WSU Students, Professor First to Track Bird Species

OGDEN, UtahOn the salty banks of the Great Salt Lake, WSU zoology professor John Cavitt, alongside three students, is the first person to track the migration of the American Avocet, a bird native to the Western United States, using satellite technology. Small solar-powered satellite transmitters that Cavitt and his team personally attached to the birds will collect data with valuable information on the avocet’s breeding and migration habits.
 

 
Weber State University zoology professor John Cavitt places a satellite transmitter on a female American Avocet near the Great Salt Lake.  May 31, 2014
Source: John Cavitt
“The American Avocet is an important bird at the Great Salt Lake,” Cavitt said. “We host up to 50 percent of the total avocet population here each year, either during migration or breeding. Unfortunately, we don’t have detailed information on their use of the lake or their migration path.”

The project is being funded by Rio Tinto Kennecott and the Rio Tinto/BirdLife International partnership.

“Kennecott is proud to support this groundbreaking avian research,” said Ann Neville, Senior Advisor of Biological Resources at Rio Tinto Kennecott.

Two WSU zoology students, Jeff Cowlishaw and Josh Hall, are assisting Cavitt on the project. Javier Paniaqua, a student from the Autonomous University of Nayarit located in Tepic, Mexico, is also working on the project. Paniaqua will return to Mexico after the avocets migrate south for the winter and will continue to work on the project with colleagues there.

“We hope to get information on how these birds use the lake during the time they are here,” Cavitt said. “We will track the movement of the birds once they leave the Great Salt Lake and start heading south. Most likely they are heading to Mexico.”

Cavitt and his team will capture eight avocets and place the small transmitters on the birds’ backs. The transmitters send a signal that is received by the ARGOS satellite network. The network can determine the location of the trackers and download information from them anywhere in the world. The transmitters have a solar battery and will last from two to five years. In addition to location, the transmitters also measure temperatures and activity of the birds.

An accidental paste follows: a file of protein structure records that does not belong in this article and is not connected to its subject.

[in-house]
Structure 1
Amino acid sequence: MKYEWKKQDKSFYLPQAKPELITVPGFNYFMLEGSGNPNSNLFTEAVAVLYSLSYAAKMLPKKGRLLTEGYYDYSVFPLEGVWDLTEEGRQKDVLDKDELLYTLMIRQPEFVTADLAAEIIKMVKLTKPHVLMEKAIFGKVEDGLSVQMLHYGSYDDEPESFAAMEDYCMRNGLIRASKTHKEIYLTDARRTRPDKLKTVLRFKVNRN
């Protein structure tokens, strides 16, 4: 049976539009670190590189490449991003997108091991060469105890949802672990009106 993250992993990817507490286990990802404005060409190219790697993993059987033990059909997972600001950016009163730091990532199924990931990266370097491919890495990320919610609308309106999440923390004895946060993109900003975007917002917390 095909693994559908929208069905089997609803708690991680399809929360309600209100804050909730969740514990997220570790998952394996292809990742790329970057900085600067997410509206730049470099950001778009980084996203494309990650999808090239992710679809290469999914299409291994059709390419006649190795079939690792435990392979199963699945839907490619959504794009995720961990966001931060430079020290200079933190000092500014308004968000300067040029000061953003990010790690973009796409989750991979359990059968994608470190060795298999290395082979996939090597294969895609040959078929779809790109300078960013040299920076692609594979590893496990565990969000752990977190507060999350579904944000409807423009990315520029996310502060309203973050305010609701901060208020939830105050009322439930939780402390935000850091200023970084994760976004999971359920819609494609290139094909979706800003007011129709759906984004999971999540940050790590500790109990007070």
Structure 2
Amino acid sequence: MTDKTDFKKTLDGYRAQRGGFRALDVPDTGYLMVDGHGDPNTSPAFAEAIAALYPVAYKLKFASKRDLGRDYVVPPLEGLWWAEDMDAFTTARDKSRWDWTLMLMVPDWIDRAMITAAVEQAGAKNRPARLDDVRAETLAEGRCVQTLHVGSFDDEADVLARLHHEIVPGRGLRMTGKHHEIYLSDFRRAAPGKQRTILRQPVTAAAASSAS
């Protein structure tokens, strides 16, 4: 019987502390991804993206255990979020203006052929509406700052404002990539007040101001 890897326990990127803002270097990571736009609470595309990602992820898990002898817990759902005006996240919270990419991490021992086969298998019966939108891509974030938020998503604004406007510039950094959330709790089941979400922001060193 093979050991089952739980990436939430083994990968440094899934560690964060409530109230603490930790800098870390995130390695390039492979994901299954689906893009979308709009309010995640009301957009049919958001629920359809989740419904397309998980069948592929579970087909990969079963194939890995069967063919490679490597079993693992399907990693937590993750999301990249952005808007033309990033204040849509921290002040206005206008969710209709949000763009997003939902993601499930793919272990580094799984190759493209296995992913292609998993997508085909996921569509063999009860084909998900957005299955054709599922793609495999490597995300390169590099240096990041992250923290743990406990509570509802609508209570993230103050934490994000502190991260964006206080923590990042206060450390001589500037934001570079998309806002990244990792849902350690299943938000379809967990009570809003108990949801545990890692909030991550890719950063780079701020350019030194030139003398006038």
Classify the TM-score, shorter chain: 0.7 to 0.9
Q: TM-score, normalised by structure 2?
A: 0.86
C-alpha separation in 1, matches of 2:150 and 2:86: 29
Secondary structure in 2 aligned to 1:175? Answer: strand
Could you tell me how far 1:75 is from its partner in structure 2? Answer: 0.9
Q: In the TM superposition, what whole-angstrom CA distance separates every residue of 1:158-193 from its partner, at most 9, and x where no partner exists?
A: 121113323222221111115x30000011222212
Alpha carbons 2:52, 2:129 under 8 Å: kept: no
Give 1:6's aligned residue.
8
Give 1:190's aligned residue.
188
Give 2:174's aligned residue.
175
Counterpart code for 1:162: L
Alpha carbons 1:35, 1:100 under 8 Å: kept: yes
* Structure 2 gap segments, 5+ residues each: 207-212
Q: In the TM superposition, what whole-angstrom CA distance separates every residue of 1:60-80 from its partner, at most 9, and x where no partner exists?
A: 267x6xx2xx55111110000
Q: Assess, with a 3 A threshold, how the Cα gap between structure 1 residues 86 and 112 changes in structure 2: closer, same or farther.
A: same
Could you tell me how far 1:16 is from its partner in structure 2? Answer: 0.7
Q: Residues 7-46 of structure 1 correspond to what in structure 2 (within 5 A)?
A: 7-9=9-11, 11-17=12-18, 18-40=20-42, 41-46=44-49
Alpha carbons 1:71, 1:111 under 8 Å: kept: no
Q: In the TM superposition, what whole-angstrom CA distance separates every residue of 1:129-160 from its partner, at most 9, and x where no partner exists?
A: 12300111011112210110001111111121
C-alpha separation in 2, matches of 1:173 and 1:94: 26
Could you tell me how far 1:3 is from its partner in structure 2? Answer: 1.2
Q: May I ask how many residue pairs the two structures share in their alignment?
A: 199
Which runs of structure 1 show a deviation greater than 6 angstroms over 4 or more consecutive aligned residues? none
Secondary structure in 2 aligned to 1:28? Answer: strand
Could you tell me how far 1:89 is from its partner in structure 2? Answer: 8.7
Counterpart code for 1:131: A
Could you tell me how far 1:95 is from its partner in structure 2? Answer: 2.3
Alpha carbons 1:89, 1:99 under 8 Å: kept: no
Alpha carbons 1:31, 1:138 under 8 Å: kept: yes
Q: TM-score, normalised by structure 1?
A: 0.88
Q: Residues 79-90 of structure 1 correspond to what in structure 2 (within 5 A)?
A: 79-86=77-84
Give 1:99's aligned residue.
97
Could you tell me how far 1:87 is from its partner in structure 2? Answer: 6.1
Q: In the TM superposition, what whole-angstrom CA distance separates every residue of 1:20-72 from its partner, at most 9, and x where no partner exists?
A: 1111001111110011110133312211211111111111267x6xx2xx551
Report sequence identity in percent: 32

Cavitt said the data would be used in a number of ways that are important for the conservation of this species. First, he wants to understand how the avocets use the Great Salt Lake during their stay in Utah. Then, the goal is to determine the avocets’ flight path south to learn where they spend the winter and how they get there.

Cavitt and his team will continue to monitor the avocets during their breeding season and will visit the tagged birds from time to time until early September, when they begin migration.

“We are looking around for them while they are here,” Cavitt said. “We have started doing that to confirm that they are still with young and that they are in the area that the satellite says they are. This is providing invaluable data for us.”

For more information on the Rio Tinto/BirdLife International partnership, visit birdlife.org/worldwide/programme-additional-info/partnership-rio-tinto. For more information on WSU’s Department of Zoology, visit weber.edu/zoology.

For high resolution images, visit the following links:

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Visit weber.edu/wsutoday for more news about Weber State University.
Contact:
John Cavitt, zoology professor
801-791-4438 • jcavitt@weber.edu
 
Ann Neville, Rio Tinto Kennecott
801-569-7474 •  Ann.Neville@riotinto.com
Author:
Marcus Jensen, Office of Marketing & Communications
801-626-7295 • marcusjensen@weber.edu